A key record for all is the loss-run record. Without these, a contractor will not get a competitive quote, and may not get insurance at all. In general, the loss-run record should cover a five-year period.

In addition, contractors need to compile their annual workers’ compensation experience rating sheets.

The more records a contractor has, the easier it is to compile bid specifications, and the easier for brokers. Bid specifications should be updated annually and thoroughly describe operations, exposures, coverage and certificate requirements. Much of this is already documented in financial statements.

Armed with accurate and organized records, a broker is prepared to go into the marketplace. Once bid information is gathered, the broker and contractor can begin the process of considering scope of coverage, deductibles, additional insured endorsements, captive insurance and a smorgasbord of other issues. There is a lot to consider, but it isn’t nearly as complicated or time-consuming as it sounds: Contractors have their brokers and certified public accountants to turn to for guidance.

Leslie V. Guajardo

Implementing a regular review of insurance costs can bring untold financial muscle to a contractor’s bottom line. However, the effort won’t reap a lot of gains if a contractor isn’t trying to control losses. The best way to do this is by means of a formal self-monitoring program. Because insured losses typically represent 60% to 70% of premiums paid, insurance carriers look favorably on contractors who try to stem losses. Some of the ways a contractor can do this are outlined below.

Property Insurance Contractors should perform frequent preventive maintenance for all contractor-owned equipment. They also should employ theft-protection measures, including equipment-registry systems. At the job site, contractors should make housekeeping a leading priority.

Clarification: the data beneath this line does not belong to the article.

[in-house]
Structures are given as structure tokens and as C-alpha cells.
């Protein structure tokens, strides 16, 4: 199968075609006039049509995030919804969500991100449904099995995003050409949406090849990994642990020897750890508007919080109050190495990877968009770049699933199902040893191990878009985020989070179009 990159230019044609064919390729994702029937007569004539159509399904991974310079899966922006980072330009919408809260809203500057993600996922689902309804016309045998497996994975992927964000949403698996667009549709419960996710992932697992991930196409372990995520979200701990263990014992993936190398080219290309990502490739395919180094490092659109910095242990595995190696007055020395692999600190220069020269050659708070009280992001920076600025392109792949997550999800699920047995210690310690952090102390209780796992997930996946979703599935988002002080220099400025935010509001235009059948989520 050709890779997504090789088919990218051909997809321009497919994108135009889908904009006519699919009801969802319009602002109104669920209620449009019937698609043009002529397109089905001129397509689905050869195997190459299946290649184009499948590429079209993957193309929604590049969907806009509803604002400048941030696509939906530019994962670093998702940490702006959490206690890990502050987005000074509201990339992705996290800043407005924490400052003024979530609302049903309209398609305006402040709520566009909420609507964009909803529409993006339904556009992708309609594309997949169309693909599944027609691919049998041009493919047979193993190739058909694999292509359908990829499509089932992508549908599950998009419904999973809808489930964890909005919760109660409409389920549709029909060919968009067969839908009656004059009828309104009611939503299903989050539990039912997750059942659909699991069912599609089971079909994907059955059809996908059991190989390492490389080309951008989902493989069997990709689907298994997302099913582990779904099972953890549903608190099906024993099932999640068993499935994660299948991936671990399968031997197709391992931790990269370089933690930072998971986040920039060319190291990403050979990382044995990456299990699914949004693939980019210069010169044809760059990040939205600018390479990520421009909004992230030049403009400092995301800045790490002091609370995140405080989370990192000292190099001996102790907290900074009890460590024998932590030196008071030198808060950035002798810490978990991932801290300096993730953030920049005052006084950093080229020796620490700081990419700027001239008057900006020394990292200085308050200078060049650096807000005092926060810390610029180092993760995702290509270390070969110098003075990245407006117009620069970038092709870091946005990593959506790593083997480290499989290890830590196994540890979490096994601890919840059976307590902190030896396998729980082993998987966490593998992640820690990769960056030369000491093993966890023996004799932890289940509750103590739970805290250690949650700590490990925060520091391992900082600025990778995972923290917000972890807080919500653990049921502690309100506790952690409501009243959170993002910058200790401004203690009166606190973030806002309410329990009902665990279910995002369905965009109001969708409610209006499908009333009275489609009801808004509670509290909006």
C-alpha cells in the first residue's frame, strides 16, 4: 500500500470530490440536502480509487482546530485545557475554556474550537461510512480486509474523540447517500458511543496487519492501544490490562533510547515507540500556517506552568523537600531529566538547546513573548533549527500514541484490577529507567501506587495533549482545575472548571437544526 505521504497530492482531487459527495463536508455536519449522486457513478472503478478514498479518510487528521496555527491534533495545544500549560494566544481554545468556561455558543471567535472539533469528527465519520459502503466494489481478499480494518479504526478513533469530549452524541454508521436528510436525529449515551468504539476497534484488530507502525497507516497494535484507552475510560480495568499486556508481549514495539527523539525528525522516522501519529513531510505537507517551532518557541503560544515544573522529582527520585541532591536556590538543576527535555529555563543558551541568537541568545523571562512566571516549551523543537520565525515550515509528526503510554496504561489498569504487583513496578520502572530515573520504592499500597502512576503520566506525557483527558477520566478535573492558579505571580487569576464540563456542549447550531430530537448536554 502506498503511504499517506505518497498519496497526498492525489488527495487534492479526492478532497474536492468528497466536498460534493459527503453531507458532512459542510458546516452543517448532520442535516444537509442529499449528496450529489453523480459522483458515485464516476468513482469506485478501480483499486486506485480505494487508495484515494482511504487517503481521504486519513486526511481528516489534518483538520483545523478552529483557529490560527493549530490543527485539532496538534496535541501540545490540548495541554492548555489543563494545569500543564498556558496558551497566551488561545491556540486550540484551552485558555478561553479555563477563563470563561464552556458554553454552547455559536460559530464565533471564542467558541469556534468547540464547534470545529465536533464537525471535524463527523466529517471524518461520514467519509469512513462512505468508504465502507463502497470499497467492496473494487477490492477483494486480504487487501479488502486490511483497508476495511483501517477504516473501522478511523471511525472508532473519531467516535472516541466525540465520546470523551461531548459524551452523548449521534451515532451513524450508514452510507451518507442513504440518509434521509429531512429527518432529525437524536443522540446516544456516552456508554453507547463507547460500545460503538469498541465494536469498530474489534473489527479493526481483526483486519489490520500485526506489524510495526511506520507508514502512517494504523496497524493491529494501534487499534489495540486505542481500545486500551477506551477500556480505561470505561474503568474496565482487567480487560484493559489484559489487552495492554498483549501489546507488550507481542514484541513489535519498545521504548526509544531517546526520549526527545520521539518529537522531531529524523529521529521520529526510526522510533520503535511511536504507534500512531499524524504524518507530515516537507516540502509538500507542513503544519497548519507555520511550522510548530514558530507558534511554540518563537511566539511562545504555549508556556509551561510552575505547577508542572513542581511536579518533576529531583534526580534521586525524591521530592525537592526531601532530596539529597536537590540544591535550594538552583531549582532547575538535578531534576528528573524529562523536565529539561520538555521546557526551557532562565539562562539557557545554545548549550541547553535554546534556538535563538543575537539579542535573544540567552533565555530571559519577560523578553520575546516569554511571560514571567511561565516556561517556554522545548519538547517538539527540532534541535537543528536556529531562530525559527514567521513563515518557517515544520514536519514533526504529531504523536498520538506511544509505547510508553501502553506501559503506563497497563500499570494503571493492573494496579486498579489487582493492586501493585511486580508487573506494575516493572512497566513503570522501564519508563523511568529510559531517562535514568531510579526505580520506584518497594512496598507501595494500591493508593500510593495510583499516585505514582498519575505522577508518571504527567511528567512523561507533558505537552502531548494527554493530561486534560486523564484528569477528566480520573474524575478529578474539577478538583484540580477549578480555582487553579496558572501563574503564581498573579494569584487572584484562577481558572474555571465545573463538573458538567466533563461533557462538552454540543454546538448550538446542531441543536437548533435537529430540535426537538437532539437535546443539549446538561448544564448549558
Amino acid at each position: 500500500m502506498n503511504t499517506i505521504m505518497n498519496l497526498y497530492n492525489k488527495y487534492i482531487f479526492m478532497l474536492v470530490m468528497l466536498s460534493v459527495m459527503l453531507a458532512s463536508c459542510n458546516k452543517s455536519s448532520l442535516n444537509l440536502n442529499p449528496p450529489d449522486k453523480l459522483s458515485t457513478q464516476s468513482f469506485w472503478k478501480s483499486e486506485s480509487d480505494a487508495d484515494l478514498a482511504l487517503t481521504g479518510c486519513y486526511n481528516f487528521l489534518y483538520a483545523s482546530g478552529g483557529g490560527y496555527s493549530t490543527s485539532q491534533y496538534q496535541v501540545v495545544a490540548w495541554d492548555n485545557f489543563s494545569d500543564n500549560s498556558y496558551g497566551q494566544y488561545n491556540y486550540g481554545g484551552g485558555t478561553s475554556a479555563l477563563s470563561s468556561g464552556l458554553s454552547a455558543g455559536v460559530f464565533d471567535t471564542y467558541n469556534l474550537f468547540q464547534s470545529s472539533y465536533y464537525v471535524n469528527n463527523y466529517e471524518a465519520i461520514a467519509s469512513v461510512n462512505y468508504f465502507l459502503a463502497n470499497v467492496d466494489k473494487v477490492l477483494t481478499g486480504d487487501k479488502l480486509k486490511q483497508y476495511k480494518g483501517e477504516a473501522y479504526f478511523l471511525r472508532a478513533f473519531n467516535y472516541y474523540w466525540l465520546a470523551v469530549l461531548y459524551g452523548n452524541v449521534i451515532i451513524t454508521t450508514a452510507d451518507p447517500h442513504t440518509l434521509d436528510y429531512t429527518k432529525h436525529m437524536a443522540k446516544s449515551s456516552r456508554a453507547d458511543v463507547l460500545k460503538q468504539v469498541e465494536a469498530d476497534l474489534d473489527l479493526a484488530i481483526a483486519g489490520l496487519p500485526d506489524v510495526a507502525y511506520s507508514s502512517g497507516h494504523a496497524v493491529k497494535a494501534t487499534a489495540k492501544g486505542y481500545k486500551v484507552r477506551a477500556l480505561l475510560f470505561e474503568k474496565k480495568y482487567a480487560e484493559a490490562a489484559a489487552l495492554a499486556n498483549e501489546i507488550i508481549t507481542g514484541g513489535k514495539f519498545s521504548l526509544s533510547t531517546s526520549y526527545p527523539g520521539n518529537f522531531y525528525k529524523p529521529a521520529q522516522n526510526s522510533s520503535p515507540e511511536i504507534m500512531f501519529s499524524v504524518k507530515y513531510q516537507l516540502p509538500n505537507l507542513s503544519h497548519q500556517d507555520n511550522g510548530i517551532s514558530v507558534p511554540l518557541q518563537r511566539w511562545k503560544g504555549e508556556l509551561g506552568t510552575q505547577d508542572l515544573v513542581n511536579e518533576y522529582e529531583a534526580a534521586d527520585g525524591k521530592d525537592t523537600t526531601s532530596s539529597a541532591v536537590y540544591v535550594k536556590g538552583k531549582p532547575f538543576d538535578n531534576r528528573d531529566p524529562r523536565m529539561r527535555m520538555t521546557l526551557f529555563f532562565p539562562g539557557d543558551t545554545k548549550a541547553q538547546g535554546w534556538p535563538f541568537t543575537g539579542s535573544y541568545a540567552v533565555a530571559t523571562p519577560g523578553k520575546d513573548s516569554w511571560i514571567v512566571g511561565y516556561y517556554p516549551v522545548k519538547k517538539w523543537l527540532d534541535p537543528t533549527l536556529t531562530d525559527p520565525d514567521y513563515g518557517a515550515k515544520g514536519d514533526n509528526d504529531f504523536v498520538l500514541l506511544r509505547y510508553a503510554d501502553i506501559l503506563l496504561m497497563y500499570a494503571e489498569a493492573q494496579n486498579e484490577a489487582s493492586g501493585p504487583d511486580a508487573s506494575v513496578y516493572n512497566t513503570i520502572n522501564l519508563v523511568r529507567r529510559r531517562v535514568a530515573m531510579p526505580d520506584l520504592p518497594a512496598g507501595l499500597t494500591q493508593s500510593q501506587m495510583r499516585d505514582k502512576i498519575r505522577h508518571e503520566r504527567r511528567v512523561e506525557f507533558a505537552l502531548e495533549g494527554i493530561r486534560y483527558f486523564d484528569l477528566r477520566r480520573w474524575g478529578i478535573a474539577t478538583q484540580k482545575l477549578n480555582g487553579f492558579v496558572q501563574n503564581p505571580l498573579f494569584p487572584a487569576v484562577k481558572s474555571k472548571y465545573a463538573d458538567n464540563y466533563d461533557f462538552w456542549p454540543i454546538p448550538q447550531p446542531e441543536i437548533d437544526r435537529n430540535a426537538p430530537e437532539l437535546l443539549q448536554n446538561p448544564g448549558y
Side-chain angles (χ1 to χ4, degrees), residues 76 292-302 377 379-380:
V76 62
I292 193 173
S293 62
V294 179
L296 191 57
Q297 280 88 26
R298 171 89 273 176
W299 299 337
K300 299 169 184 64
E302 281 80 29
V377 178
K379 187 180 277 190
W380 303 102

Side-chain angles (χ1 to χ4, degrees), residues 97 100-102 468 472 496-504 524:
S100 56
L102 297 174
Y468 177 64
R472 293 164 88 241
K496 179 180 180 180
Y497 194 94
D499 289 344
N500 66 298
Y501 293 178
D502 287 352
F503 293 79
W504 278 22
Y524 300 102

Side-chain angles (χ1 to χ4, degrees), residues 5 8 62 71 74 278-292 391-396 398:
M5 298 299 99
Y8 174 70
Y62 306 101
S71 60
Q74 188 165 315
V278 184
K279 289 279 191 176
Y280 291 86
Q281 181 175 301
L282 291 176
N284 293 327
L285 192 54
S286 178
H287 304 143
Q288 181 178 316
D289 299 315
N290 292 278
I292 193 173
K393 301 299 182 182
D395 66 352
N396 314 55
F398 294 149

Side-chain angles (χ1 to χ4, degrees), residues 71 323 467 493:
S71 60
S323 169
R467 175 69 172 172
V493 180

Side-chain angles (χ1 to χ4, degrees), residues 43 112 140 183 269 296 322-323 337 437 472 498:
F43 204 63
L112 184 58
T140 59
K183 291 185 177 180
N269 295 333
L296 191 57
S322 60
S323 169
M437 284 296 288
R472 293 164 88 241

General Liability Insurance To lower liability costs, contractors should mandate that all subcontractors comply with written liability safety programs. At the same time, contractors should review and investigate all job accidents while also implementing a comprehensive quality assurance program.

Workers Comp Insurance One of the most effective ways to hold down losses is to require all employees to go through a 10-hour OSHA training course. Many successful contractors also conduct pre-placement physical exams, including mandatory drug testing of all employees.

These are just a few steps contractors can take to lower losses. There are many others available to contractors, and their agents can provide a breakdown of the most time tested.

Even without formal safety programs, contractors often can lower premiums simply by seeking new bids. Rates are all over the map right now so it’s a good time to take advantage of the competitive environment. For those who haven’t explored the market in a few years, there may be cost savings waiting to be claimed.

Leslie V. Guajardo, CPA, CCIFP, is a partner at Padgett, Stratemann & Co. LLP in San Antonio. She can be reached at 210-253-1530 or